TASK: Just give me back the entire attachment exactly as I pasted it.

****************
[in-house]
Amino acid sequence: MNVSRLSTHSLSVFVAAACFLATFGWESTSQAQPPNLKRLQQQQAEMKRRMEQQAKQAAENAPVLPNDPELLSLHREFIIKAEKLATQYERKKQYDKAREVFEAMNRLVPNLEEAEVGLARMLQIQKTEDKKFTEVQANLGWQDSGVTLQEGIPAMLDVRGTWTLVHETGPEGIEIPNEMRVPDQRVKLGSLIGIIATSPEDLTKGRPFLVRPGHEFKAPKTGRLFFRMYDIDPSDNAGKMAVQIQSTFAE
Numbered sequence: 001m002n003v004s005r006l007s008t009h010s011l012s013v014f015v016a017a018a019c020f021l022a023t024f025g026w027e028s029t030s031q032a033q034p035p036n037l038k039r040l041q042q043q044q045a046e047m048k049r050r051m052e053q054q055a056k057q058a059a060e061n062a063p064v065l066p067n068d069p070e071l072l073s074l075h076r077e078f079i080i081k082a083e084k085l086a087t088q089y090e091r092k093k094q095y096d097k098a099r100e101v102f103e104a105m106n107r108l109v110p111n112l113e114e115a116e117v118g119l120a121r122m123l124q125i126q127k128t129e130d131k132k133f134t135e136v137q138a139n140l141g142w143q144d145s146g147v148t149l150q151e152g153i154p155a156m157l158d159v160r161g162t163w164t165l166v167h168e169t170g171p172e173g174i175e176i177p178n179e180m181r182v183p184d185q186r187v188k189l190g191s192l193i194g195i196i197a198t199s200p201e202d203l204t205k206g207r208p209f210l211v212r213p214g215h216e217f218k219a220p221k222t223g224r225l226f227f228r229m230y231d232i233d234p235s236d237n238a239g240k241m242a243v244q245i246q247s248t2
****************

[in-house]
Amino acid sequence: MNVSRLSTHSLSVFVAAACFLATFGWESTSQAQPPNLKRLQQQQAEMKRRMEQQAKQAAENAPVLPNDPELLSLHREFIIKAEKLATQYERKKQYDKAREVFEAMNRLVPNLEEAEVGLARMLQIQKTEDKKFTEVQANLGWQDSGVTLQEGIPAMLDVRGTWTLVHETGPEGIEIPNEMRVPDQRVKLGSLIGIIATSPEDLTKGRPFLVRPGHEFKAPKTGRLFFRMYDIDPSDNAGKMAVQIQSTFAE
Numbered sequence: 001m002n003v004s005r006l007s008t009h010s011l012s013v014f015v016a017a018a019c020f021l022a023t024f025g026w027e028s029t030s031q032a033q034p035p036n037l038k039r040l041q042q043q044q045a046e047m048k049r050r051m052e053q054q055a056k057q058a059a060e061n062a063p064v065l066p067n068d069p070e071l072l073s074l075h076r077e078f079i080i081k082a083e084k085l086a087t088q089y090e091r092k093k094q095y096d097k098a099r100e101v102f103e104a105m106n107r108l109v110p111n112l113e114e115a116e117v118g119l120a121r122m123l124q125i126q127k128t129e130d131k132k133f134t135e136v137q138a139n140l141g142w143q144d145s146g147v148t149l150q151e152g153i154p155a156m157l158d159v160r161g162t163w164t165l166v167h168e169t170g171p172e173g174i175e176i177p178n179e180m181r182v183p184d185q186r187v188k189l190g191s192l193i194g195i196i197a198t199s200p201e202d203l204t205k206g207r208p209f210l211v212r213p214g215h216e217f218k219a220p221k222t223g224r225l226f227f228r229m230y231d232i233d234p235s236d237n238a239g240k241m242a243v244q245i246q247s248t2